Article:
At Ward-Highlands and Maplewood elementary schools, there were two teams at each school, comprised of both adults and children. A prayer team walked each campus, praying for teachers, students and administrators, while a landscaping team helped to beautify each campus by trimming hedges, pulling weeds and laying mulch.

For Micah and Jennifer Baxley this event was a family affair. They and their four children volunteered on the landscaping team at Ward Highlands.

“I love that I was able to serve my community alongside my children and my church family,” Jennifer Baxley said. “Having service opportunities that include children of all ages allows them to see their individual role in the Body of Christ.”

Projects like First Baptist’s Gather and Scatter fall in line with the Florida Baptist Convention’s “Write Beside You” initiative, which encourages churches to partner with schools to make a difference in the lives of students across the state.

For this project, LePoint contacts school administrators to find out how the church might assist them. Sometimes school administrators even join the volunteers at work. That was the case last year when Treasa Buck, principal at Ward Highlands Elementary, and her son assisted with the landscaping work there.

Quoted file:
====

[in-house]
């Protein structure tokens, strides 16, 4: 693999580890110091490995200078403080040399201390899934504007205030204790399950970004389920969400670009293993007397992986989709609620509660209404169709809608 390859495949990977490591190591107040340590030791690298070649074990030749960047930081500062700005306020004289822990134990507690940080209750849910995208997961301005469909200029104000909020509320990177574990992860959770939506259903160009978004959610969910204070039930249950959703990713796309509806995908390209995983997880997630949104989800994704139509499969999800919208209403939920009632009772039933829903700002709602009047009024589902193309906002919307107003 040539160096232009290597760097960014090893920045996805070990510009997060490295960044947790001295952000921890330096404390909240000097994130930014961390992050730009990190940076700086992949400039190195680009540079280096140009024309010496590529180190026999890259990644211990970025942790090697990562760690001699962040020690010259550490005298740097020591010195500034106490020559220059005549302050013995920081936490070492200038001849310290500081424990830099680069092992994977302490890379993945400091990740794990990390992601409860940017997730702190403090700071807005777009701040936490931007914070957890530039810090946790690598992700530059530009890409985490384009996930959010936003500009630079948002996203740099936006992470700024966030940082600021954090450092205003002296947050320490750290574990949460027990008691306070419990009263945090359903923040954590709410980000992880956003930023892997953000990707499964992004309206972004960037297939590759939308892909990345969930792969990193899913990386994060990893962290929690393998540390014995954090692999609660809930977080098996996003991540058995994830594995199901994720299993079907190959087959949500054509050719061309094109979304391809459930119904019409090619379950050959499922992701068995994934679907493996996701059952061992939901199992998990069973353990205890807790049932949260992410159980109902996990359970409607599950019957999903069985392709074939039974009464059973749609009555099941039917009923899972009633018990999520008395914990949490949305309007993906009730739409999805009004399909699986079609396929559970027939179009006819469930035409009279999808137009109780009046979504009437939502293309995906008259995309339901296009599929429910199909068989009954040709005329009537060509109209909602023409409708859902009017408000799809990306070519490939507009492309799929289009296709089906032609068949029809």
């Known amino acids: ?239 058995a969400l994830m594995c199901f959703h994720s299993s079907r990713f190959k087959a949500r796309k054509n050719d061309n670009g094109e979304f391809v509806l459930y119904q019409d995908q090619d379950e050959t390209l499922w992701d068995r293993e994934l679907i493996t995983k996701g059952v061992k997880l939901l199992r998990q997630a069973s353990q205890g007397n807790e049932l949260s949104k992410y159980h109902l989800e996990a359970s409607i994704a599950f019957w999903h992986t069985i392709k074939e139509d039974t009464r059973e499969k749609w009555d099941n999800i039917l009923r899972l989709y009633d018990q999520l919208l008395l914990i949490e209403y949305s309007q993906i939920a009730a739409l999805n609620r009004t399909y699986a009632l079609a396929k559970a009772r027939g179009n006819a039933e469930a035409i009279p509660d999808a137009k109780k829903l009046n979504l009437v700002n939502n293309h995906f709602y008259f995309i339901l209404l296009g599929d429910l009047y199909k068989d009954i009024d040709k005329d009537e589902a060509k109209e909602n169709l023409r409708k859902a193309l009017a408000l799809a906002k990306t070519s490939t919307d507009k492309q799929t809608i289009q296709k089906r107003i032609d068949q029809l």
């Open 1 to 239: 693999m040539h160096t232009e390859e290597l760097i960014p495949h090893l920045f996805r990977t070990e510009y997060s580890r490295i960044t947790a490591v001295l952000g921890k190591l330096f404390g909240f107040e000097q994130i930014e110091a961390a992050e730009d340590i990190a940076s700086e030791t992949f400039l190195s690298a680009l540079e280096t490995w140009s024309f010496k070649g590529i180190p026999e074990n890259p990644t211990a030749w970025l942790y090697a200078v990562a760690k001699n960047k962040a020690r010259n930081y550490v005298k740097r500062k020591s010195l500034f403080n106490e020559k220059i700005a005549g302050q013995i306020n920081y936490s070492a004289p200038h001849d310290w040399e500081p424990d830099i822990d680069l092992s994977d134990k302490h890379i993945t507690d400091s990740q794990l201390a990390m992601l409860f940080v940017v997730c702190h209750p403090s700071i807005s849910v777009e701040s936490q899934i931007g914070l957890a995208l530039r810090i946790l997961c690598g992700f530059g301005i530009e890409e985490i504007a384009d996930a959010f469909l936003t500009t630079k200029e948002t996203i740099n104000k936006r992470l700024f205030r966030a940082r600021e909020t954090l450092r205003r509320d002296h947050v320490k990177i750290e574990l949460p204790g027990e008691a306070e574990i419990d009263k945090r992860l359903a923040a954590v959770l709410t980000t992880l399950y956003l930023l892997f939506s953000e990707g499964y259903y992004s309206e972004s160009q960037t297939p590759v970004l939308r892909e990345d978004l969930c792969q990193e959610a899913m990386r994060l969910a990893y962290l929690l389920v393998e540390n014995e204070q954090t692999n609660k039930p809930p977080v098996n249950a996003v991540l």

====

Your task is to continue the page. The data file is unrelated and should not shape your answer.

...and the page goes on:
“Every new school year our students show up with new clothes, new shoes and smiles on their faces,” Buck said. “Every new school year our staff shows up with new strategies, new ideas, and a renewed sense of purpose for why they are driven to teach our students.

“Because of First Baptist Church of Ocala, our school welcomes the students and staff every new school year refreshed and beautiful. The members of the church put their heart into the yearly beautification and pray over our school for a blessed school year,” she added.

“Our students continue to grow and be successful because members of our community like those at First Baptist Church of Ocala believe in them.”
This article appeared on the website of the Florida Baptist Convention (flbaptist.org). David Moore is a writer in Florida and member of First Baptist of Ocala.


Okla. college students gather
for gospel encouragement

By Hannah Hanzel

EDMOND, Okla. (Baptist Messenger) — Edmond, Henderson Hills’ entrance hall resembled a combination of a college campus and a family reunion on Sep 6 as nearly 1,000 college-age young adults teemed into the building. They poured into the church from all over the state for Momentum, a Baptist General Convention of Oklahoma (BGCO) Collegiate Ministry event.

The event consisted of three segments, the first being a worship service. Oklahoma band Soul Society led worship, bringing many students to a place of surrender and praise. After a time of worship, Jonathan Pokluda, teaching pastor at Dallas, Texas, Watermark Community and author of “Welcome to Adulting,” delivered a message on Philippians 3.